Ism Magazine Ports 2009

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Article on US port alternatives from "Inside Supply Management" magazine (January 2009)

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Ism Magazine Ports 2009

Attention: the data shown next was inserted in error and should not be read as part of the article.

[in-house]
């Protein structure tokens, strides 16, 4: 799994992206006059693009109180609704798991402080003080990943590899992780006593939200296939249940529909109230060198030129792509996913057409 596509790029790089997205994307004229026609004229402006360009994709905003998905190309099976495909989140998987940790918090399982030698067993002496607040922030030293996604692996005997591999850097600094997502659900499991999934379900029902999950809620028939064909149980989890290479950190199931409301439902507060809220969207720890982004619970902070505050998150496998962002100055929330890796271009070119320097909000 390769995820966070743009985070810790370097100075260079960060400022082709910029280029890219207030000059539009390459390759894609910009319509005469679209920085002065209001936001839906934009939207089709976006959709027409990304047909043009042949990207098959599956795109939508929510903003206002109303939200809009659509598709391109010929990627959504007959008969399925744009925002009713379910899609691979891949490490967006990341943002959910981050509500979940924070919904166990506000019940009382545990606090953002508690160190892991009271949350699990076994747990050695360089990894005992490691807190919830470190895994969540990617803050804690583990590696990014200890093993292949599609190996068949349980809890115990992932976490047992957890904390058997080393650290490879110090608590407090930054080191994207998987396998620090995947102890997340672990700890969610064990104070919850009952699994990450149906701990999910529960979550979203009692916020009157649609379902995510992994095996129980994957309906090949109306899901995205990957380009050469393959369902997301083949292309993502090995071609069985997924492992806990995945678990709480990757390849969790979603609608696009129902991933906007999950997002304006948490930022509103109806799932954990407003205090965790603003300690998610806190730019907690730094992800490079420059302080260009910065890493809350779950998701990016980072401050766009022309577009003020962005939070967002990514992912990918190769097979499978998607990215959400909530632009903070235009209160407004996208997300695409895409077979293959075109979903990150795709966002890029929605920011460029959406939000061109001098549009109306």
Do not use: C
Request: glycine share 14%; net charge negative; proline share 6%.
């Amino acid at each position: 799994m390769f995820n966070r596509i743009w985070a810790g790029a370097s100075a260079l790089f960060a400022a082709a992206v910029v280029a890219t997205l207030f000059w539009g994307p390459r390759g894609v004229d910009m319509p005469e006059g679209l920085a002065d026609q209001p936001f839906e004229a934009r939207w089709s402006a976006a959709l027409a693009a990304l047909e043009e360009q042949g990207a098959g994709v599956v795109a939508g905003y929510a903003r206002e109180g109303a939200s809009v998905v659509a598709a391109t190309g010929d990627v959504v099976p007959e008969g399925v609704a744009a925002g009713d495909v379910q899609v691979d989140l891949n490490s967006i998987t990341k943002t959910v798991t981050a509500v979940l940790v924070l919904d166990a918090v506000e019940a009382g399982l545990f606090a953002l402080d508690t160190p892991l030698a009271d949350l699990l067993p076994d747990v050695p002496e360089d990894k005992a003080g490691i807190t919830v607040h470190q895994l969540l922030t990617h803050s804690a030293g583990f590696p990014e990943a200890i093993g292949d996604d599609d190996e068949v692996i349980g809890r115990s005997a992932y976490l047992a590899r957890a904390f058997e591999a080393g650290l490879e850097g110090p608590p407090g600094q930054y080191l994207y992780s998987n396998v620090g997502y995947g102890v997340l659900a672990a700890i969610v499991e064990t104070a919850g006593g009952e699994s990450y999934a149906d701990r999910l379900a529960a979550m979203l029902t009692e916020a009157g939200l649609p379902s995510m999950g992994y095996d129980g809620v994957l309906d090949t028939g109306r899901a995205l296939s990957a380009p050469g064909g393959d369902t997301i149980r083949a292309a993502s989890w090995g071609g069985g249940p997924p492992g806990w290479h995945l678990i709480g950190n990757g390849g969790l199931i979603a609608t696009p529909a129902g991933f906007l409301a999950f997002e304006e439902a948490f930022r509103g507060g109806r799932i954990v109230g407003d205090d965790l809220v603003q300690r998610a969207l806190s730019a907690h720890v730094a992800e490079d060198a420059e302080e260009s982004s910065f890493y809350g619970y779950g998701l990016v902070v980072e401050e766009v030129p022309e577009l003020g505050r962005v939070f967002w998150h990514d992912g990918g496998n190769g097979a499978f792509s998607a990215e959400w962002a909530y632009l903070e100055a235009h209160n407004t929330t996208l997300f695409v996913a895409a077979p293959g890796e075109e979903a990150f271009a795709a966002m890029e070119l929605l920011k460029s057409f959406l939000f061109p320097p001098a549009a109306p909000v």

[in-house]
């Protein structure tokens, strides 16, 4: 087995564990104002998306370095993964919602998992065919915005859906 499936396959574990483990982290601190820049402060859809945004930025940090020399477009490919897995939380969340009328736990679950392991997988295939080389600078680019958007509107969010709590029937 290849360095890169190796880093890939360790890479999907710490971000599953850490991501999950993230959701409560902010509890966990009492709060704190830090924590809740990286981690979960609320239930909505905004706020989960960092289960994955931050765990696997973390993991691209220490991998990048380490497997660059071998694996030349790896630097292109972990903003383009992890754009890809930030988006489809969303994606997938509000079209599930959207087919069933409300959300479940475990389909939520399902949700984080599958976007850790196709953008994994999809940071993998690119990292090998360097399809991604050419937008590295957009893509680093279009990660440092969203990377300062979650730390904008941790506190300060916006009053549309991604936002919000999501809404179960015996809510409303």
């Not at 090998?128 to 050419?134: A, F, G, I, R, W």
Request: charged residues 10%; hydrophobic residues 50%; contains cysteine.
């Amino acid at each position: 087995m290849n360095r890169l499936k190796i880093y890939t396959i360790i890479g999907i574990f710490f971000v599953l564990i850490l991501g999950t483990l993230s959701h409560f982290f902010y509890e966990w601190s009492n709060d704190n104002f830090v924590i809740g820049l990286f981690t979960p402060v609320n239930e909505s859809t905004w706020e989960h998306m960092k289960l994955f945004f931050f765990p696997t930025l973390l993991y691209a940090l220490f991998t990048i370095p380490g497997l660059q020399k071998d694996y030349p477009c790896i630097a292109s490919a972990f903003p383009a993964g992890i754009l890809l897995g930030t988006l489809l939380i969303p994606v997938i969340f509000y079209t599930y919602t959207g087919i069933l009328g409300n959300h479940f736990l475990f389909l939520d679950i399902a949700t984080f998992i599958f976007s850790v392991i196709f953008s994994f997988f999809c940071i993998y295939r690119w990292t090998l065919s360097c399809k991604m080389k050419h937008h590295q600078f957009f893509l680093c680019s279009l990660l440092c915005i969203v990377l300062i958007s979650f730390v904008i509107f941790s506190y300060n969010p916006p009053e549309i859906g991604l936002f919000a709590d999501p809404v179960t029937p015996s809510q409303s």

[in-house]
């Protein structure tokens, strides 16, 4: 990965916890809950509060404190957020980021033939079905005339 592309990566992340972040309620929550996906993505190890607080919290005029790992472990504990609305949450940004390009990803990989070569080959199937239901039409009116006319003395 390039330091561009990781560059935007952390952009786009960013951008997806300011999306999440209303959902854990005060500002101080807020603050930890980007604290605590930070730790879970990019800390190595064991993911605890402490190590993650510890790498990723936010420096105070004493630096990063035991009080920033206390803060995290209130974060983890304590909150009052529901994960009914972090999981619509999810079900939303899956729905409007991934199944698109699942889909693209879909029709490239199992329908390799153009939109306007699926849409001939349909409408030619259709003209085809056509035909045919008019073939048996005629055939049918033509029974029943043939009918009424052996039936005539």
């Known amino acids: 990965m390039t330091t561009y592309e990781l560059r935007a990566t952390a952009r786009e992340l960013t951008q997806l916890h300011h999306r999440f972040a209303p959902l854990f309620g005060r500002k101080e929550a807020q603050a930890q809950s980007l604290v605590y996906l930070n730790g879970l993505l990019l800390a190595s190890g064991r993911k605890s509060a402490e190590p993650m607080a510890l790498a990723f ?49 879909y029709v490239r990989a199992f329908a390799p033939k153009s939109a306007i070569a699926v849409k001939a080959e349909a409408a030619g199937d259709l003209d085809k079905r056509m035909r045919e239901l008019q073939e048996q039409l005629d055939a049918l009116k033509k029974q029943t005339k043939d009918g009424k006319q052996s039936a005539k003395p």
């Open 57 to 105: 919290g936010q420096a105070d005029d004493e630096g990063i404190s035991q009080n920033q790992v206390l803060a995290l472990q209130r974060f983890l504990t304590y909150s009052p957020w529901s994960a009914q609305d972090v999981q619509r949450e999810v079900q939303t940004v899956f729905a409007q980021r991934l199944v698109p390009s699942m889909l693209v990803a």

1. 1. Features s SEAPO ORTS: Wea athering th Storm he   nagement® M January 2 2009, Inside Supply Man Magazine (w www.ism.ws) ) With myyriad issues affecting U seaports a string of new port e U.S. s, f expansions tthroughout t both coa of North and Centr America are having major imp asts h ral a g pacts in the States and abroad. Internatio trade ha been an ec onal as conomic nec cessity since the birth of the Industri Revolutio e f ial on. Today's gglobal trade routes and tr ransportation infrastruct ture are fixtu resulting from the ures g foundatio laid durin this period in history. While there been cove on ng d e's erage lately o the U.S. on infrastruc cture challen nges plaguin hard-surfa and rail r ng ace routes, it's tim to turn at me ttention toward waterway ports. Wha will strike a chord wit supply ma y at th anagement ex xecutives are the solutio ons being imp mplemented to not only al o lleviate exist ting port issu but to im ues mprove the fl of goods flow througho the Amer out ricas — whic ultimatel means po ch, ly, ositive impac on global trade routes as cts l s, well.